Adams denies involvement in McConville murder

Sinn Féin leader Gerry Adams denied involvement in the murder of Belfast woman Jean McConville in 1972 as the controversy erupted in the Dáil again.

Fianna Fáil leader Micheal Martin raised the matter in relation to a book looking at the murder which he called a “must-read”.

In reference to the row over the Boston College tapes, Mr Martin called on Mr Adams to make a statement on the matter after a book, Voices from the Grave, claimed that Mr Adams was involved in the disappearance.

If similar allegations had been made about other members of the Dáil there would have been loud demands for a statement, Mr Martin told TDs as he insisted nobody believed Mr Adams’s claim that he had never been in the IRA.

Taoiseach Enda Kenny urged Mr Adams to address the matter, stating that the section of the book dealing with the murder was “very stark”, adding that he was meeting families of the Disappeared after the Dáil session.

Mr Adams refused to make a formal statement on the matter, insisting he had already addressed the issue and denied any involvement in the disappearance and murder of Ms McConville.

Mr Adams said the IRA had apologised, and that people making allegations about him were “implacable opponents of the peace process” who believed the conflict should have continued.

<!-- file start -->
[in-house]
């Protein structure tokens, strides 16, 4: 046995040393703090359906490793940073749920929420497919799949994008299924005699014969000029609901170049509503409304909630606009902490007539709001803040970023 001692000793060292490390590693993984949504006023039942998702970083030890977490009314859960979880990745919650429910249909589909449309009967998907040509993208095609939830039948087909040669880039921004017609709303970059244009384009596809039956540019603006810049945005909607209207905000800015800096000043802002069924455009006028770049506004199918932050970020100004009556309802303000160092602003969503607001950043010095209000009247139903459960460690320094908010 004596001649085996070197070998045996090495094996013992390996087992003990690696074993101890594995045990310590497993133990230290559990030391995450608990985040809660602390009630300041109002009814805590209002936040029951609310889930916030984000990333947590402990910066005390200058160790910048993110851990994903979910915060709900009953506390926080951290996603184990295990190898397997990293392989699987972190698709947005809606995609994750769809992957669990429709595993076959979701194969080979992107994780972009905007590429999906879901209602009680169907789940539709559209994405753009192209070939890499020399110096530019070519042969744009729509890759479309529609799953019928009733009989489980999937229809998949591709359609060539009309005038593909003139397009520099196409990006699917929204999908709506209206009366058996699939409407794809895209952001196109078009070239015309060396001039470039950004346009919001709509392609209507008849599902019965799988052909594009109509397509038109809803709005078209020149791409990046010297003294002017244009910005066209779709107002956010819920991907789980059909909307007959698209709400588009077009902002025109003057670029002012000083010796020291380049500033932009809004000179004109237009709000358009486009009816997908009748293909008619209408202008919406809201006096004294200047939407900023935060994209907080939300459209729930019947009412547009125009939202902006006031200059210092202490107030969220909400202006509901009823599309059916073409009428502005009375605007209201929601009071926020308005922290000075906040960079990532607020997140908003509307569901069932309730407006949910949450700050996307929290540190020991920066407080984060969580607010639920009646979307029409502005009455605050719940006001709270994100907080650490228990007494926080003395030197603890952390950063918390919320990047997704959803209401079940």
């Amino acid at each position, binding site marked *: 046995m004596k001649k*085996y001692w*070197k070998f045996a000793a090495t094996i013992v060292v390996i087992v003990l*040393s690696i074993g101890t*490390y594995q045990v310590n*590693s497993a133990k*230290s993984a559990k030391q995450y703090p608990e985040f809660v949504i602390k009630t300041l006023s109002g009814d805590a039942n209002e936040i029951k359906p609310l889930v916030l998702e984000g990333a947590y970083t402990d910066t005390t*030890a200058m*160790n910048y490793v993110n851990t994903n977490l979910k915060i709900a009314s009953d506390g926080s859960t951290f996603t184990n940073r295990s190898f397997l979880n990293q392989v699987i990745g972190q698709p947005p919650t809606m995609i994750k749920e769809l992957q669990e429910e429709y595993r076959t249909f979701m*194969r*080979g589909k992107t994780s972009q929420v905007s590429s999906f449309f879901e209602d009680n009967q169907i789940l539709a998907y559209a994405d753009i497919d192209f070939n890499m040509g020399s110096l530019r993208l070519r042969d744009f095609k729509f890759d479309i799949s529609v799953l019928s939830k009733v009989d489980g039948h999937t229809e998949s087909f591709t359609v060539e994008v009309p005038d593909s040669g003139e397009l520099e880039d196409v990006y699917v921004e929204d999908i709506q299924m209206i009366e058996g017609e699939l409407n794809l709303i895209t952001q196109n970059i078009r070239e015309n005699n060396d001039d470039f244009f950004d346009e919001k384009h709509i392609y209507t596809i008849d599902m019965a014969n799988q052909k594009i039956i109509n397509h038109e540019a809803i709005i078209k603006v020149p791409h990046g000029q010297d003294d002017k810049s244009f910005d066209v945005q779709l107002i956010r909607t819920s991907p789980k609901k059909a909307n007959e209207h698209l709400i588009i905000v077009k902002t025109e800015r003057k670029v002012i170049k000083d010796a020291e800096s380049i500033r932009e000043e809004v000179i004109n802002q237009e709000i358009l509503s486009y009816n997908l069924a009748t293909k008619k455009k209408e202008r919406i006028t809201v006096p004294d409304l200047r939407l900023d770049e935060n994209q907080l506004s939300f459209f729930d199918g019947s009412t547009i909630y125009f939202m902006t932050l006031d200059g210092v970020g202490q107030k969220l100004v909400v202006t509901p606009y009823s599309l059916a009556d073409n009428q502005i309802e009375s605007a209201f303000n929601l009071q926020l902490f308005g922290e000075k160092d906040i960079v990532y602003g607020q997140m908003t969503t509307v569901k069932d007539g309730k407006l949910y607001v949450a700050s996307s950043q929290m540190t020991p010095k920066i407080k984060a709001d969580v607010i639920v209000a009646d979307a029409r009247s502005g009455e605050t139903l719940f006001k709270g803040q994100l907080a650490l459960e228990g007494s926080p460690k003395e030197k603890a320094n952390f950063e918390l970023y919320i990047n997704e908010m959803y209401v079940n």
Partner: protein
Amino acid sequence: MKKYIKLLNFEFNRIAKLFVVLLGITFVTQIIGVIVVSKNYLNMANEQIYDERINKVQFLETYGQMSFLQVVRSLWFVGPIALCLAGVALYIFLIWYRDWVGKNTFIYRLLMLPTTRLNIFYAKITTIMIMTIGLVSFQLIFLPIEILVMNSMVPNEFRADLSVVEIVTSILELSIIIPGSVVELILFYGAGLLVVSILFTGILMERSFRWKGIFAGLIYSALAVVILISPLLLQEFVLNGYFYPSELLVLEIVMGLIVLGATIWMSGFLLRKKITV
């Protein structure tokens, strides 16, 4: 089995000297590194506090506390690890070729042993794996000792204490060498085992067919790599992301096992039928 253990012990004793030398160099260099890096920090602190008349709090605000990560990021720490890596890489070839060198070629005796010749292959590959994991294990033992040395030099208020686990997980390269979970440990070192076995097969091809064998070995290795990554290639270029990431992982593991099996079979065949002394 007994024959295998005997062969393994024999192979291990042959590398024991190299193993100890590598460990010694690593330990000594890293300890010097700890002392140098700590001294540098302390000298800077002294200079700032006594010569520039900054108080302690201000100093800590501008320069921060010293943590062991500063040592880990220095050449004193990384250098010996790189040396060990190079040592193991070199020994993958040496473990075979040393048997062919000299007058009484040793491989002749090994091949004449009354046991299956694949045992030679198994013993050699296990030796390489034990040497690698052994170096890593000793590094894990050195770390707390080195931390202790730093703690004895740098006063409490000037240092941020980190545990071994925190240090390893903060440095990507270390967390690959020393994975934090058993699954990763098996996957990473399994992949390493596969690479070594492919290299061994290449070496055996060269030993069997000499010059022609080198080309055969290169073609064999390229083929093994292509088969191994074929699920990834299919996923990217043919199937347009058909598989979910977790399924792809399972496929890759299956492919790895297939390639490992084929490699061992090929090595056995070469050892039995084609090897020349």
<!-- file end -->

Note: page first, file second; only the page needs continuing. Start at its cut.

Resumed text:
Mr Adams accused Mr Martin of trying to score party political points with “weasel words”.

The Boston tapes, recordings with key figures involved in the Troubles which were intended for academic research, are now in the hands of the PSNI.


Dr Martin Coyne, a GP based in Donegal, takes Catherine Shanahan through one of his work daysWorking Life: Dr Martin Coyne, GP, Co Donegal

A Spielberg classic, a host of Premier League ties and Romesh Ranganathan in the Sahara are among this weekend's top picksWeekend TV Highlights: Premier League action, The Voice Kids, and Romesh Ranganathan

Contents from two Cork houses at Woodward's auction, says Des O'SullivanOnline sale with socially distant viewing at Woodward's

Des O'Sullivan previews Fonsie Mealy's timed online collector's saleCork silhouettes, a massacre and a landmark of Irish printing

More From The Irish Examiner